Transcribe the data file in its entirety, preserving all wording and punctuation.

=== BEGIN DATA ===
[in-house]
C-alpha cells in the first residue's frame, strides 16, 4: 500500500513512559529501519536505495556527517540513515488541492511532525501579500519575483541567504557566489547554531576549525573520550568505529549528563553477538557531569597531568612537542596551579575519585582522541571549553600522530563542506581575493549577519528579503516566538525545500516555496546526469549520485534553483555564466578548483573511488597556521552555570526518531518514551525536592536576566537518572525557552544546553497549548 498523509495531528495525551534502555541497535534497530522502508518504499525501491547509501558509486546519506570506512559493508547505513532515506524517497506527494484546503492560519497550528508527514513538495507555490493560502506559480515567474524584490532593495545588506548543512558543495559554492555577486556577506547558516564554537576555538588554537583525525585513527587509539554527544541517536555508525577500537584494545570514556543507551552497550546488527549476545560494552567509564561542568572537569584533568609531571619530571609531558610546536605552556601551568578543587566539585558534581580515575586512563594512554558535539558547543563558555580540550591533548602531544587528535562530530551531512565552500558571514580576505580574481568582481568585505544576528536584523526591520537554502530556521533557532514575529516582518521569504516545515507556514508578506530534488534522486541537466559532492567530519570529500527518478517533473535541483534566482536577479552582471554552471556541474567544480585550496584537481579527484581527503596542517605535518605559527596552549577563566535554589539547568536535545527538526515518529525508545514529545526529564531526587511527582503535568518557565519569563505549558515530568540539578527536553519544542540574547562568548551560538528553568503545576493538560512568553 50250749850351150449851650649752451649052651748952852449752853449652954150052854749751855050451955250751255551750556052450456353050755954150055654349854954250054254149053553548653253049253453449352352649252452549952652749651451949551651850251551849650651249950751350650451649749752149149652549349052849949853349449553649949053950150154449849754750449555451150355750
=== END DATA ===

[in-house]
C-alpha cells in the first residue's frame, strides 16, 4: 500500500513512559529501519536505495556527517540513515488541492511532525501579500519575483541567504557566489547554531576549525573520550568505529549528563553477538557531569597531568612537542596551579575519585582522541571549553600522530563542506581575493549577519528579503516566538525545500516555496546526469549520485534553483555564466578548483573511488597556521552555570526518531518514551525536592536576566537518572525557552544546553497549548 498523509495531528495525551534502555541497535534497530522502508518504499525501491547509501558509486546519506570506512559493508547505513532515506524517497506527494484546503492560519497550528508527514513538495507555490493560502506559480515567474524584490532593495545588506548543512558543495559554492555577486556577506547558516564554537576555538588554537583525525585513527587509539554527544541517536555508525577500537584494545570514556543507551552497550546488527549476545560494552567509564561542568572537569584533568609531571619530571609531558610546536605552556601551568578543587566539585558534581580515575586512563594512554558535539558547543563558555580540550591533548602531544587528535562530530551531512565552500558571514580576505580574481568582481568585505544576528536584523526591520537554502530556521533557532514575529516582518521569504516545515507556514508578506530534488534522486541537466559532492567530519570529500527518478517533473535541483534566482536577479552582471554552471556541474567544480585550496584537481579527484581527503596542517605535518605559527596552549577563566535554589539547568536535545527538526515518529525508545514529545526529564531526587511527582503535568518557565519569563505549558515530568540539578527536553519544542540574547562568548551560538528553568503545576493538560512568553 50250749850351150449851650649752451649052651748952852449752853449652954150052854749751855050451955250751255551750556052450456353050755954150055654349854954250054254149053553548653253049253453449352352649252452549952652749651451949551651850251551849650651249950751350650451649749752149149652549349052849949853349449553649949053950150154449849754750449555451150355750